||This biographical article needs additional citations for verification. (August 2014)|
|Justice of the Wisconsin Supreme Court|
|Preceded by||Horace W. Wilkie|
|Wisconsin Supreme Court Chief Justice|
August 1, 1996 – April 29, 2015
|Appointed by||Patrick Lucey|
|Preceded by||Roland B. Day|
|Succeeded by||Patience Roggensack|
December 17, 1933 |
New York, New York
|Alma mater||New York University (A.B.)
Indiana University (J.D.)
University of Wisconsin-Madison (LL.M., S.J.D.)
Shirley S. Abrahamson (born December 17, 1933) is a member and former Chief Justice of the Wisconsin Supreme Court. She was appointed to the court in 1976 by Governor Patrick Lucey, becoming the first woman to serve on Wisconsin's high court. She served as the only woman on the court from 1976 until 1993. She became Chief Justice on August 1, 1996 and served in that capacity until April 29, 2015, when Patience Drake Roggensack was elected to the position. Abrahamson immediately began a federal legal challenge seeking reinstatement as Chief Justice. As of May 15th, 2015 U.S. District Judge James Peterson has denied her request to be reinstated as chief justice. Abrahamson was elected to the Supreme Court in 1979, 1989, 1999, and 2009.
Early life and education
Abrahamson was born and raised in New York City, where she attended Hunter College High School. She earned an A.B. magna cum laude from New York University in 1953, a J.D. with high distinction from Indiana University Law School in 1956, and an S.J.D. in American legal history from the University of Wisconsin Law School in 1962.
Abrahamson practiced law in Madison, Wisconsin for 14 years and was a professor at the University of Wisconsin Law School. She was appointed to the Wisconsin Supreme Court in 1976 by Governor Patrick Lucey, becoming the first woman to serve on Wisconsin's high court. She became Chief Justice on August 1, 1996 and served in that capacity until April 29, 2015.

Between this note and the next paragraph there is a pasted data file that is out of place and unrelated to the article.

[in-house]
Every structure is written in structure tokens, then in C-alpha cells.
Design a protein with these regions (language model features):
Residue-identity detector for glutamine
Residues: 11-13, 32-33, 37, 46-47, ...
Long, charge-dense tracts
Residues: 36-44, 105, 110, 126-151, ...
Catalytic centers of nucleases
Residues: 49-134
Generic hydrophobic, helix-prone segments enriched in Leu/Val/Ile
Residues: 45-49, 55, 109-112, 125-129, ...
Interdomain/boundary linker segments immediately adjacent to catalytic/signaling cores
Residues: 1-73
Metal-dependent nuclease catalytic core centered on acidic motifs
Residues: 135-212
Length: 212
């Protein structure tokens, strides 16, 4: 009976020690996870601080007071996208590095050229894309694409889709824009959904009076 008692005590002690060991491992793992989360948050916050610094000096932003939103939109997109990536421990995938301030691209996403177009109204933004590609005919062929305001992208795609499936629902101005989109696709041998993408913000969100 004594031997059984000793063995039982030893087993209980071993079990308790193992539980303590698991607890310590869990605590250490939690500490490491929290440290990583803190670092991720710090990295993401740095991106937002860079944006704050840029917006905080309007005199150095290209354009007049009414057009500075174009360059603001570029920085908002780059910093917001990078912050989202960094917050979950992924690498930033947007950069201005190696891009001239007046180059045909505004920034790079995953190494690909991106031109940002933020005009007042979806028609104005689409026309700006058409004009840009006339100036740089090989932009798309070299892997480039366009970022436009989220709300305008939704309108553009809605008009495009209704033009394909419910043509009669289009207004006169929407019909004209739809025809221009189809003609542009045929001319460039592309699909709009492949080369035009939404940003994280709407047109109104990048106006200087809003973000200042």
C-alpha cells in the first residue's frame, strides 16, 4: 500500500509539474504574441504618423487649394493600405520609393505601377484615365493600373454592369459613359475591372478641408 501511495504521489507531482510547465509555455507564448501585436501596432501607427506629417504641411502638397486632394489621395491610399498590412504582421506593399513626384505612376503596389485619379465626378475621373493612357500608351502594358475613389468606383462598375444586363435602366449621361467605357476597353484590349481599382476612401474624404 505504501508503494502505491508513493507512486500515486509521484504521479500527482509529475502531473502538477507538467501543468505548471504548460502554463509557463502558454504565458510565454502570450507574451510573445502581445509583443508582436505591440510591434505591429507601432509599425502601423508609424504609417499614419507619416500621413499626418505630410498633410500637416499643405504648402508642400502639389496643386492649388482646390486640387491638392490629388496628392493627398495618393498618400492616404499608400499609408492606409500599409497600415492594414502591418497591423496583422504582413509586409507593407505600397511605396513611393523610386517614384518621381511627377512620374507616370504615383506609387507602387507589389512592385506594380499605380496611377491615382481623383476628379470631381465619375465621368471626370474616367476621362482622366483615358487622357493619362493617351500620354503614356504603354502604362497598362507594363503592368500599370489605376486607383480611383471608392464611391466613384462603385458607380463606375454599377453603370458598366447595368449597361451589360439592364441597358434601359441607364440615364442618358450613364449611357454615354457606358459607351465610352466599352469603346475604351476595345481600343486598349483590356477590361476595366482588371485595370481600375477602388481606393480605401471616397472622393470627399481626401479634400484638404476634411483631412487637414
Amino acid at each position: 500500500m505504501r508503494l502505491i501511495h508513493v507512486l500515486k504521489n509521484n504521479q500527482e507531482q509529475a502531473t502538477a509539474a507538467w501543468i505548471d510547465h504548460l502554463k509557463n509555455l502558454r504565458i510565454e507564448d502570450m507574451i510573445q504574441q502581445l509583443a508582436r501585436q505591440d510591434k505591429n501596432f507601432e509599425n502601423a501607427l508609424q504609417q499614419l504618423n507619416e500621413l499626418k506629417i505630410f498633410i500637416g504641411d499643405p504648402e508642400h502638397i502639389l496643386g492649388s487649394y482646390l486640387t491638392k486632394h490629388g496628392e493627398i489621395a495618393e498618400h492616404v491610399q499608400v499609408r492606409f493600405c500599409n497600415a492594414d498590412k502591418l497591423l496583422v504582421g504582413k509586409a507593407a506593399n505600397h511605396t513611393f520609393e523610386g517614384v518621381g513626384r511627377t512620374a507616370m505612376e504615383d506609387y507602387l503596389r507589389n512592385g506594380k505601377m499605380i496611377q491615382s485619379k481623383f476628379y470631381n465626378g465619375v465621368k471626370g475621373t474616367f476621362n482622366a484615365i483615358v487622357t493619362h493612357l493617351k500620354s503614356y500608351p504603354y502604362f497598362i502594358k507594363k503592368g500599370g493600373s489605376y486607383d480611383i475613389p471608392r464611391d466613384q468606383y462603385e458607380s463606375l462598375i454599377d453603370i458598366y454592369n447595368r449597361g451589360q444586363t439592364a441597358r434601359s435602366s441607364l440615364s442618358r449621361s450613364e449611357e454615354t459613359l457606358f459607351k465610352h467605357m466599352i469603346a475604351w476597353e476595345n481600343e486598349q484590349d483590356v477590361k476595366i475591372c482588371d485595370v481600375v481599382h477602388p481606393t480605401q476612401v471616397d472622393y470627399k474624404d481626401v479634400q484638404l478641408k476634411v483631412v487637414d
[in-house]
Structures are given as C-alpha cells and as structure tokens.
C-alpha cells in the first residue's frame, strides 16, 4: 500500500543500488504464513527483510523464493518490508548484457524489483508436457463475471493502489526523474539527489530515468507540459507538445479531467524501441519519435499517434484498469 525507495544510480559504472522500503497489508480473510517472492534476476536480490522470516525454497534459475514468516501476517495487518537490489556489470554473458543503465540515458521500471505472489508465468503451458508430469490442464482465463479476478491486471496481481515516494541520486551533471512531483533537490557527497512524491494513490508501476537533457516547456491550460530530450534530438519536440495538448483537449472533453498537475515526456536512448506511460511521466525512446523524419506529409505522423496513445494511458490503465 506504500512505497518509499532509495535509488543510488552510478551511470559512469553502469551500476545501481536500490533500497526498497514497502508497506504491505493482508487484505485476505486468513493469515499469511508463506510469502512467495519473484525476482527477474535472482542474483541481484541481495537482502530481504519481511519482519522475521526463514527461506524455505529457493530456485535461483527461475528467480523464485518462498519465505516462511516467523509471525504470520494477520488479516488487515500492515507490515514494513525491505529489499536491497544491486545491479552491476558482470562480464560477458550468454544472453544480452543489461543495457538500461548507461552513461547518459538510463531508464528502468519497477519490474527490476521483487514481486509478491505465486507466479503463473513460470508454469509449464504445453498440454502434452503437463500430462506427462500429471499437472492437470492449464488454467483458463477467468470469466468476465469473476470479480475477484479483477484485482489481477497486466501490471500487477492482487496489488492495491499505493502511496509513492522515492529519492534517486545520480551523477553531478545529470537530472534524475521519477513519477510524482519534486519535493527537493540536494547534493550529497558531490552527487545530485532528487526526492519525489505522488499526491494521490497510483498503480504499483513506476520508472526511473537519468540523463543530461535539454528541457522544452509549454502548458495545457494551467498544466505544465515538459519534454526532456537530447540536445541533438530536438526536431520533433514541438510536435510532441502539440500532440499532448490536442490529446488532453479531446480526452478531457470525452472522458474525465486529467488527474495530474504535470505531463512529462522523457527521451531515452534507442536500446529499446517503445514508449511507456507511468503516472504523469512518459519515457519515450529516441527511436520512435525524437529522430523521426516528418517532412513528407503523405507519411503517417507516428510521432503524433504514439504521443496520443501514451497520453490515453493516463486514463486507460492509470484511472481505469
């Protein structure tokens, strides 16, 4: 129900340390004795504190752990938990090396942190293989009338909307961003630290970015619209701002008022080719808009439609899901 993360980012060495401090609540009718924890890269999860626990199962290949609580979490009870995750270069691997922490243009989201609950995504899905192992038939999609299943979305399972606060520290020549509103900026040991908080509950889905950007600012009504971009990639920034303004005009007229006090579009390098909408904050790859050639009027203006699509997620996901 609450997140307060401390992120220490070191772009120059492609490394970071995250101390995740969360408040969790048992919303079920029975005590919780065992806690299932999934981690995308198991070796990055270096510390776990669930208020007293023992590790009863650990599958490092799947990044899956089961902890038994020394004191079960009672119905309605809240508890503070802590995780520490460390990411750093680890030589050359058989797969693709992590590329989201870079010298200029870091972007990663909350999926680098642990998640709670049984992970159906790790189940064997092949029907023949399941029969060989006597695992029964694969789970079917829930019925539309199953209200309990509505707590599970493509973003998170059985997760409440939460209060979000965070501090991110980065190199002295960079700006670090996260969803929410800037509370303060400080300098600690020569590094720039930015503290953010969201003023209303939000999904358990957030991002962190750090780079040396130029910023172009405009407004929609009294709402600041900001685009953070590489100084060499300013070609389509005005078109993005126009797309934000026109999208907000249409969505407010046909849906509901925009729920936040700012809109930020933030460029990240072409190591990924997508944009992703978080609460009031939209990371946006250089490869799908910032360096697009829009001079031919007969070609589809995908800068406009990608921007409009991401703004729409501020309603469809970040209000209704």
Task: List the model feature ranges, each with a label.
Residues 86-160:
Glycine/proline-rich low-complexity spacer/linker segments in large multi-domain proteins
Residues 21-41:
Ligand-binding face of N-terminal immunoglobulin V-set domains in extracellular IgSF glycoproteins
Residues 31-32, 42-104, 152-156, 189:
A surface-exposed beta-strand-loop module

Abrahamson has authored more than 450 majority opinions and participated in more than 3500 written decisions of the court. She has been involved in deciding more than 10,000 petitions for review, bypasses, certifications and lawyer and judicial discipline cases.
She is a member of the Council of the American Law Institute and serves on the board of directors of the Dwight D. Opperman Institute of Judicial Administration at New York University School of Law. She has been President of the Conference of Chief Justices and Chair of the Board of Directors of the National Center for State Courts and has served on the board of visitors of several law schools. She served as a member of the United States National Academies Committee on Science, Technology and Law, and was chair of the National Institute of Justice Committee on the Future of DNA Evidence.
In 1997 she was elected a Fellow of the American Academy of Arts and Sciences, and in 1998 she was elected a member of the American Philosophical Society, two scholarly societies in the United States. She is a member of the Wisconsin Academy of Arts and Sciences. In 2004 she was awarded the first annual Dwight Opperman Award for Judicial Excellence by the American Judicature Society. She has received the Margaret Brent Award from the American Bar Association.